Posts Tagged ‘Canada’

GamersFirst inks deal with A2M, Canada’s largest independent game developer

Thursday, October 9th, 2008

K2’s service, GamersFirst announced yesterday that they’ve signed a joint development deal with A2M, Canada’s largest independent game developer.

GamersFirst and A2M say that they’ll be partnering on a yet to be announced social gaming title.  The new game has a projected launch date of late 2009, and continues GamersFirst’s pledge to expand it’s industry presence into the development of unique and original titles.

K2’s GamersFirst is a free-to-play gaming portal that provides gamers with engaging and compelling titles.  Their mission is simple: to become the leading publisher of free-to-play games and provider of the largest and most active network of communities in the global online games market.  No small feat given today’s increasingly competitive market.  Partnering with Canada’s largest independent and highly respected game developer is certainly a step in the right direction for K2.

“GamersFirst is continuing its growth with the development of our own IP,”stated Joshua Hong, CEO and Founder, K2 Network/GamersFirst. “Being able to develop these new games assures that our gamers will have input as to what they like to see and allows us to put GamersFirst.”

A2M has been developing game content since 1992, has developed over 40 titles across every gaming genre, and has partnered with heavy hitters including Activision Blizzard, Disney, Electronic Arts, LucasArt, Sony, Vivendi Universal, and Warner Bros.

“This new partnership allows us to express our gameplay know-how to social online gaming,” said Remi Racine, President and Executive Producer, A2M. “As an independent game developer, we have the freedom to create highly imaginary concepts and, working with our partners, put it in the hands of game fans. Our creativity, combined with our ability to answer the needs of expanding markets, will make the upcoming MMO projects key milestones.”

GamersFirst currently provides services for 23 million registered users in more than 160 coutries around the world.

Free on tap at GamersFirst?

For more info on K2 visit them at:
For more info on GamersFirst visit them at:
For more info on A2M visit them at:

Reblog this post [with Zemanta]

Parlez vous l’essay?

Thursday, May 22nd, 2008

Canadian residents are not required to pay an entry fee for Blizzard’s upcoming arena tournament. Instead, Canadian residents are required to write a 250 word typewritten essay comparing the video gaming culture in the Great White North to the video gaming culture in the States. Click here for the tournament main page and then click on rules (Blizz isn’t allowing direct linking to this page).

Canadian residents are not required to pay an Entry Fee in order to enter. Instead, Canadian residents may enter by submitting a 250 word typewritten essay comparing the video gaming culture in Canada to the video gaming culture in the United States on 8 1/2 x 11 inch paper and mailing their essay to Essay Entry for The North American Blizzard Entertainment Arena Tournament, P.O Box 18979, Irvine, CA 92623. Essay entries must be received no later than March 31, 2008 in order to be eligible. Essay entrants represent and warrant that the essay is their original work and does not infringe the rights of any third party. By entering, essay entrants hereby grant, without further consideration, all right, title and interest in and to their essay to Sponsor.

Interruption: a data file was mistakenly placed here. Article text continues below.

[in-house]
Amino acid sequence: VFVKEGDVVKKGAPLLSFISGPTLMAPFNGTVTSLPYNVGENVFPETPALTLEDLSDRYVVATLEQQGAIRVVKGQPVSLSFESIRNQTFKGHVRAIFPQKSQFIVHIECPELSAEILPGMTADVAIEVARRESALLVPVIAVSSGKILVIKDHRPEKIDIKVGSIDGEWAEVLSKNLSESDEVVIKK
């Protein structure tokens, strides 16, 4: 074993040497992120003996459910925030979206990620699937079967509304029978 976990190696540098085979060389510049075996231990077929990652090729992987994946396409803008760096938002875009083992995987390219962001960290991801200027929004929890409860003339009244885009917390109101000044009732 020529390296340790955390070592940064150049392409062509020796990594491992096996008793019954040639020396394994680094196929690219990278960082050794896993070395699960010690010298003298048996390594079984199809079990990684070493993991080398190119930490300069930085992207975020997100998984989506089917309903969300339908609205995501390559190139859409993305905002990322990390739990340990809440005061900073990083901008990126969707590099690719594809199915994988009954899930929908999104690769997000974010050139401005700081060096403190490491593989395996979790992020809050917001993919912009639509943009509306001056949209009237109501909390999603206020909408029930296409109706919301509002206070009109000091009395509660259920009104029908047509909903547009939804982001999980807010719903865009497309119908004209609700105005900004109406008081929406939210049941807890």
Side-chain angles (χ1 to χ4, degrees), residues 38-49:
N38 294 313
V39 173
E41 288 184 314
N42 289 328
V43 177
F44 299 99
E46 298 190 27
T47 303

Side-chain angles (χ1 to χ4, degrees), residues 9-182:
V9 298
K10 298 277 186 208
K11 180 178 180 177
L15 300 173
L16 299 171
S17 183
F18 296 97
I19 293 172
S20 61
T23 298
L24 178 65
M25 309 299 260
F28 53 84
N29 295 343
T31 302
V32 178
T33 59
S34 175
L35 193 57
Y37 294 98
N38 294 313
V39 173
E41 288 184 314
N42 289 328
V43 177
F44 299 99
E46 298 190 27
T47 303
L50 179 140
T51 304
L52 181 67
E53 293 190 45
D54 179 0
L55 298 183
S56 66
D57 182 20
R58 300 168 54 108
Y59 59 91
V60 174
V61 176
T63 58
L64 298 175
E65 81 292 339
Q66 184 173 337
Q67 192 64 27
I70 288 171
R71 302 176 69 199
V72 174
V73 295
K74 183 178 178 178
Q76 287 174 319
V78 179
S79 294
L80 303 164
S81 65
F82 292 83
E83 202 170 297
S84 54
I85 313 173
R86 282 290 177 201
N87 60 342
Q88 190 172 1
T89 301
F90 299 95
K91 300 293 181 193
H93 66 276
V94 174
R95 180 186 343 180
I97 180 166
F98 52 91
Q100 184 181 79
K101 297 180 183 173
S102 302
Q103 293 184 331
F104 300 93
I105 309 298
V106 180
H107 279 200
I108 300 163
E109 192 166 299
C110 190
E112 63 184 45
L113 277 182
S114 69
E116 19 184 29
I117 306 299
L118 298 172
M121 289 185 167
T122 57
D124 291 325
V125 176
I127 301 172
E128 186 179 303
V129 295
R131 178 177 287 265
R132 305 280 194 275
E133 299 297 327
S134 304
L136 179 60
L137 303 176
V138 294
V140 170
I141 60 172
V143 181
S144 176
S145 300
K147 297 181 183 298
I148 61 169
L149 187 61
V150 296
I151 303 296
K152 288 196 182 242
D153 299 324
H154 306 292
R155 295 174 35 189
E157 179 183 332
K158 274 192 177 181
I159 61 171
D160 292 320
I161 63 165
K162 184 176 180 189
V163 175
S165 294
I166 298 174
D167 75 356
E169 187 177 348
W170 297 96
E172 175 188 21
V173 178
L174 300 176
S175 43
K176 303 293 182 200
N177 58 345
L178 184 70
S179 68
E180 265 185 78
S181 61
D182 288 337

Ok, so the deadline has passed, so if you’re living somewhere in a province under a red maple leaf, sorry, but you missed the boat. On the other side of the coin here, gotta hand it to Blizz, excellent crowd sourcing and market research all within a highly specialized field. I’d LOVE to be sitting on the marketing review and research and development panels on the receiving end of these essays. Nice work Blizz!

On a side note, all Canadian contests involving a game of skill or chance must have a no fee entry clause. Normally this is covered by the STQ. The STQ is a skill testing question, used in order to qualify a ‘potential’ winner. While this question is usually mathematically in nature, sometimes a trivia question has also been used. I’m assuming that a 250 word essay will be a perfectly acceptable STQ.

A skill testing question is a legal aspect attached to all contests that Canadian residents can enter. Some contests may require you to answer the STQ when you enter the contest, other may require it only after you are declared a ‘potential’ winner. Because Canadian law prohibits “for-profit” gaming or betting, but does allow prizes to be given for skill (or mixed games of skill and chance), chance-based games (which, a random draw for contesting is), stays legal when contestants are required to answer the “skill” testing question. The STQ is a mathematical question, which you must answer correctly to be declared the contest winner. Contests which are run by sponsors in the USA are required to include a STQ if the contest winner is a Canadian resident, even though STQs are not required by contest winners in the USA. Some Canadian contests will ask a trivia question in place of a mathematical STQ.